A high school senior in Michigan that was selected as the valedictorian of her soon to graduate class was issued a mandate by the school’s principal that stated that she could not discuss her faith in Jesus Christ as part of her graduation speech.
Amy Goldsmith, Hillsdale High School principal, was a harsh critic of the girl’s speech straight out of the gate as the high school senior, Elizabeth Turner, prepared her graduation speech. She criticized the speech for “anything associated with death and living a meaningful life, commenting that ‘a commencement ceremony is literally about new beginnings, not endings,” claims First Liberty Institute, the representative party for Turner.
As part of a correspondence sent to GOldsmith, First Liberty stated that Turner had altered her original version and included two additional paragraphs:
For me, my future hope is found in my relationship with Christ. By trusting in him and choosing to live a life dedicated to bringing his kingdom glory, I can be confident that I am living a life with purpose and meaning. My identity is found by what God says and who I want to become is laid out in scripture.
Whether we want to admit it or not, not one of us can be certain of how our lives will unfold, but we do know that trials will come. The reality of this is that we face an unpredictable future, and while we are making all these plans to prepare, ultimately none of us are promised tomorrow, making it all the more important to make today count.
First Liberty stated that on May 24th, 2021, Goldsmith made it a point to talk about the two paragraphs, chastising the girl saying:
This is better and you fixed the language, but you are representing the school in the speech, not using the podium as your public forum. We need to be mindful about the inclusion of religious aspects. These are your strong beliefs, but they are not appropriate for a speech in a school public setting. I know this will frustrate you, but we have to be mindful of it.
Turner quickly replied to the chastizing with an email stating:
I read your comments and unfortunately I don’t think I would be able to deliver a genuine speech under those circumstances. I don’t agree that we should avoid the topic of tragedy and death because that is a part of everyone’s future. I understand what you are saying, but for me, this is a time for my peers and I to evaluate our lives and to choose how we want to live since we’re not promised tomorrow and I don’t want to write a speech that won’t be meaningful just to check off the box. I believe it is celebratory to call people to a life of purpose and meaning and a call to action to live a life well.
In response to this email, Goldsmith stated: “While there is a degree of freedom to the content of your speech, there are also considerations of what the content and message should be at a commencement celebration and it’s [sic] appropriateness for the audience.”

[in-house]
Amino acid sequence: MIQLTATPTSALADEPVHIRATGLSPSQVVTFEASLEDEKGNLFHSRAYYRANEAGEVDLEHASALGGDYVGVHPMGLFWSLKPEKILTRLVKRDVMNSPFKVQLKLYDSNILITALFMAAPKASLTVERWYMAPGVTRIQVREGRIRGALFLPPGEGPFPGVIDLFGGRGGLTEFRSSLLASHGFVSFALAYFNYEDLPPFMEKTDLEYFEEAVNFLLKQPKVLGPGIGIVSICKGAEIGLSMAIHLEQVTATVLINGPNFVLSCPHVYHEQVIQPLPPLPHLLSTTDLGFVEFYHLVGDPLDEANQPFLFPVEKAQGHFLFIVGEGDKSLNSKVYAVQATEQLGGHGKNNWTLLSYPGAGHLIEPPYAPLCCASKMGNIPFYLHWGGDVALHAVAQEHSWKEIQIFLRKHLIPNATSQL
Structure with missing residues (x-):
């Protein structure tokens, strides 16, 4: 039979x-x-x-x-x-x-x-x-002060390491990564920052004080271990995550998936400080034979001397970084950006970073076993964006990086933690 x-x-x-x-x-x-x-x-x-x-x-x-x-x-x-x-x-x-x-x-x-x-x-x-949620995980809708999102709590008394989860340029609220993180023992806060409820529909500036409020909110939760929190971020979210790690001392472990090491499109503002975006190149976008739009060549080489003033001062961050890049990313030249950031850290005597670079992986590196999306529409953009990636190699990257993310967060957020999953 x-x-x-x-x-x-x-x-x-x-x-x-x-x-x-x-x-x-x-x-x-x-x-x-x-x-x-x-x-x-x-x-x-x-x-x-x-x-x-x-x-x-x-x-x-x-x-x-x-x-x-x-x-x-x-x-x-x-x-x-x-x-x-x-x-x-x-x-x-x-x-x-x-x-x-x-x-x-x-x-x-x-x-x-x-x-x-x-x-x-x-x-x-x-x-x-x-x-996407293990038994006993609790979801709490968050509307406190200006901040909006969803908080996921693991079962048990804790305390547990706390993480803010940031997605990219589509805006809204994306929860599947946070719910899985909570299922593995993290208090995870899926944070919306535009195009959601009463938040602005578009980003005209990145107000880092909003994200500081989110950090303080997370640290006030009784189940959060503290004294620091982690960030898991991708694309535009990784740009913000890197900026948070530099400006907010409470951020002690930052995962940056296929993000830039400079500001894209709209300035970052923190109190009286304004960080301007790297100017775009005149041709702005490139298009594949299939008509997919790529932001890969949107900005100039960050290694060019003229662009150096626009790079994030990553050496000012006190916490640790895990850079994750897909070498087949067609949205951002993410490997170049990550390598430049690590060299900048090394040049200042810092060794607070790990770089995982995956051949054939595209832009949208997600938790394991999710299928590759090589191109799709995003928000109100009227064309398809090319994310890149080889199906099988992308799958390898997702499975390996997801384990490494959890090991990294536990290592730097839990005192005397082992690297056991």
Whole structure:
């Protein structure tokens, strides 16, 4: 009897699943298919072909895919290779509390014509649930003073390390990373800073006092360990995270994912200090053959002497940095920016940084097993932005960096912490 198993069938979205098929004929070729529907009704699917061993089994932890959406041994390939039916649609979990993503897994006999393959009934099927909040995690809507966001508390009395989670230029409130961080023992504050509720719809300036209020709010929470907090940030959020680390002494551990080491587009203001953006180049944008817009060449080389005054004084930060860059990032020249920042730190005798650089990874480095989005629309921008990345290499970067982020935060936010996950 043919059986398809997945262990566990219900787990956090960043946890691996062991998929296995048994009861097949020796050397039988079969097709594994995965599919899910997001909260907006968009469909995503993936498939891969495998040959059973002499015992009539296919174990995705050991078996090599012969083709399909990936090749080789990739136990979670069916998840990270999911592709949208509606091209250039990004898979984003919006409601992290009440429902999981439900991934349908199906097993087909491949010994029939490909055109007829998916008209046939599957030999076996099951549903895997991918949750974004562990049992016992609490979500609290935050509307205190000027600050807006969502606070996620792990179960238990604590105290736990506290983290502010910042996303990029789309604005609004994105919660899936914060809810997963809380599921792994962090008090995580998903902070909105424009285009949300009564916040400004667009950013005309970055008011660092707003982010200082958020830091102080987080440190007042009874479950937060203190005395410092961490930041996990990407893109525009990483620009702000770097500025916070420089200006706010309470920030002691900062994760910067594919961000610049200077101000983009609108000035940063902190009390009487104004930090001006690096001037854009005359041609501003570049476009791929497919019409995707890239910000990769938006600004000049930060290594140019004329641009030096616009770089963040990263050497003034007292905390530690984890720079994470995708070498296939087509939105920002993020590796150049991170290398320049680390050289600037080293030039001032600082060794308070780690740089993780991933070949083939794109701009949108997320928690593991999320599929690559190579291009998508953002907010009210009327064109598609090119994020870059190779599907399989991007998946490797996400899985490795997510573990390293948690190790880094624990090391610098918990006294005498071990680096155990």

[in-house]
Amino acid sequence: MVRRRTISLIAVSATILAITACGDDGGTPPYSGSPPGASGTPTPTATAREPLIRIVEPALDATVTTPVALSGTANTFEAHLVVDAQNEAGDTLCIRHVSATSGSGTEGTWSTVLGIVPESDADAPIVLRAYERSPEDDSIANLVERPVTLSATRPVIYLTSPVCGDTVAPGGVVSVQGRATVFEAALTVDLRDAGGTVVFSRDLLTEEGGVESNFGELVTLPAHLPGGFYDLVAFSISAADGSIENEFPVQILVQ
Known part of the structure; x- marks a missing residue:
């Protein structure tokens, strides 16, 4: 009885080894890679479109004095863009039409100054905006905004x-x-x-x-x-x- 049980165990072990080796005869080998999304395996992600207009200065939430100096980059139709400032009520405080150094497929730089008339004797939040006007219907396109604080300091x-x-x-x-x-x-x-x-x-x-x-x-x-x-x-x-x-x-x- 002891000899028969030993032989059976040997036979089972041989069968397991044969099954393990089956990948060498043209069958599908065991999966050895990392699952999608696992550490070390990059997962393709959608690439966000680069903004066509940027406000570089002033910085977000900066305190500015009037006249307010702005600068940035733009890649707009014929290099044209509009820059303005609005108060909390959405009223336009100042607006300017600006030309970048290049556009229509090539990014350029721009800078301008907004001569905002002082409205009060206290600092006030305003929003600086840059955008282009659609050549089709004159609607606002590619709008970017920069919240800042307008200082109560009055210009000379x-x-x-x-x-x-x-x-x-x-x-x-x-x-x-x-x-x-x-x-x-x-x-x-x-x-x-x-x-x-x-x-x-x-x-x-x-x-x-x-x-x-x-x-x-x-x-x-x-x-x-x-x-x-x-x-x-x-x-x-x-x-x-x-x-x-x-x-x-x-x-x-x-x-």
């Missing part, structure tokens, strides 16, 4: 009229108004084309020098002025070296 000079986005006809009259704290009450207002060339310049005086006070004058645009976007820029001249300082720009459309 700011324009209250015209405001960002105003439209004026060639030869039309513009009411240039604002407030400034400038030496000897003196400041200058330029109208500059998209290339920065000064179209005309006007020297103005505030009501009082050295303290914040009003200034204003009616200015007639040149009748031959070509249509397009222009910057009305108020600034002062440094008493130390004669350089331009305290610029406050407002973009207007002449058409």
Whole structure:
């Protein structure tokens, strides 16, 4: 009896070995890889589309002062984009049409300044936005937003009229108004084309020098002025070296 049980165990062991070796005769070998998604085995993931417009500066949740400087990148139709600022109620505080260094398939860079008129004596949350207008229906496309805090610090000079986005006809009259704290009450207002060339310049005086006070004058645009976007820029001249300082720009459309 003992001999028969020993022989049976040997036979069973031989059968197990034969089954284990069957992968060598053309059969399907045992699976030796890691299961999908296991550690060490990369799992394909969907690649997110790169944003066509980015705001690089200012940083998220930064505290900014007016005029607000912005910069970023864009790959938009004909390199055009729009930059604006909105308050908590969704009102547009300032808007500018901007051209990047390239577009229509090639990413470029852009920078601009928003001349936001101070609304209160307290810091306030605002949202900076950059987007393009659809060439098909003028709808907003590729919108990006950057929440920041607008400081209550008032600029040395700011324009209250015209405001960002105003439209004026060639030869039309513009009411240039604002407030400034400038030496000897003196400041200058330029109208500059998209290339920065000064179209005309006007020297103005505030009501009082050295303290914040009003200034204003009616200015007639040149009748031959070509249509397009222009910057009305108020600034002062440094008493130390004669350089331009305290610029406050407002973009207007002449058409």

First Liberty issued a statement to the principal in a letter on May 26th, “That day, during a conversation between you and Ms. Turner, Ms. Turner expressed confusion by your comments about sharing her faith because she believed she had the legal right to do so. You told her that as a valedictorian, she would speak on behalf of the school and the school could not make religious statements.”
First Liberty stated in a legal letter:
“Student graduation speeches constitute private speech, not government speech, and private speech is not subject to the Establishment Clause. Contrary to your statements that religious sentiments are “not appropriate for a speech in a school public setting,” Ms. Turner’s statements do not transform into government speech simply because they are delivered in a public setting or to a public audience.
Where students or other private graduation speakers are selected on the basis of genuinely content-neutral, evenhanded criteria and retain primary control over the content of their expression, however, that expression is not attributable to the school and therefore may not be restricted because of its religious (or anti-religious) content and may include prayer. By contrast, where school officials determine or substantially control the content of what is expressed, such speech is attributable to the school and may not include prayer or other specifically religious (or anti-religious) content. To avoid any mistaken perception that a school endorses student speech that is not in fact attributable to the school, school officials may make appropriate, neutral disclaimers to clarify that such speech (whether religious or nonreligious) is the speaker’s and not the school’s speech.
Hillsdale High School must comply with the law by allowing private student religious expression during graduation. By doing so, it will teach students that the government should treat religion neutrally. Any perceived danger in students seeing their classmates engaging in religious expression, including prayer, is no greater than the danger in students seeing religion banned from public view.”